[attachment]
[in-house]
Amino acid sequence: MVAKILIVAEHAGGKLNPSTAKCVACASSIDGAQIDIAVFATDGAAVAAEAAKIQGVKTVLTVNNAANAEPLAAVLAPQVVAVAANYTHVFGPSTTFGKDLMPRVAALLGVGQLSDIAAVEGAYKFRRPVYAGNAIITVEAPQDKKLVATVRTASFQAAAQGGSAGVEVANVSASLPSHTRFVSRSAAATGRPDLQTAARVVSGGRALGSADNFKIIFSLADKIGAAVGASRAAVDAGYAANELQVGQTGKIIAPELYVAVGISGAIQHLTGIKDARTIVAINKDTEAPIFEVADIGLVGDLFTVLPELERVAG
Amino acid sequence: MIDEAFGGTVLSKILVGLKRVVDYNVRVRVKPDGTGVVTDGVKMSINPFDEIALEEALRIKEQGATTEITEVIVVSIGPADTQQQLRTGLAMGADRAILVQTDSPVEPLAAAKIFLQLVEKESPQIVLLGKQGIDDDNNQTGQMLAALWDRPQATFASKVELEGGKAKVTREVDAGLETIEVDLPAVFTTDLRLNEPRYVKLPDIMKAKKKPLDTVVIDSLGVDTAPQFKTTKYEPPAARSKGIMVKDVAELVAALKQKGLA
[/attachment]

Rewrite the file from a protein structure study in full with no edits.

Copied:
[in-house]
Amino acid sequence: MVAKILIVAEHAGGKLNPSTAKCVACASSIDGAQIDIAVFATDGAAVAAEAAKIQGVKTVLTVNNAANAEPLAAVLAPQVVAVAANYTHVFGPSTTFGKDLMPRVAALLGVGQLSDIAAVEGAYKFRRPVYAGNAIITVEAPQDKKLVATVRTASFQAAAQGGSAGVEVANVSASLPSHTRFVSRSAAATGRPDLQTAARVVSGGRALGSADNFKIIFSLADKIGAAVGASRAAVDAGYAANELQVGQTGKIIAPELYVAVGISGAIQHLTGIKDARTIVAINKDTEAPIFEVADIGLVGDLFTVLPELERVAG
Amino acid sequence: MIDEAFGGTVLSKILVGLKRVVDYNVRVRVKPDGTGVVTDGVKMSINPFDEIALEEALRIKEQGATTEITEVIVVSIGPADTQQQLRTGLAMGADRAILVQTDSPVEPLAAAKIFLQLVEKESPQIVLLGKQGIDDDNNQTGQMLAALWDRPQATFASKVELEGGKAKVTREVDAGLETIEVDLPAVFTTDLRLNEPRYVKLPDIMKAKKKPLDTVVIDSLGVDTAPQFKTTKYEPPAARSKGIMVKDVAELVAALKQKGLA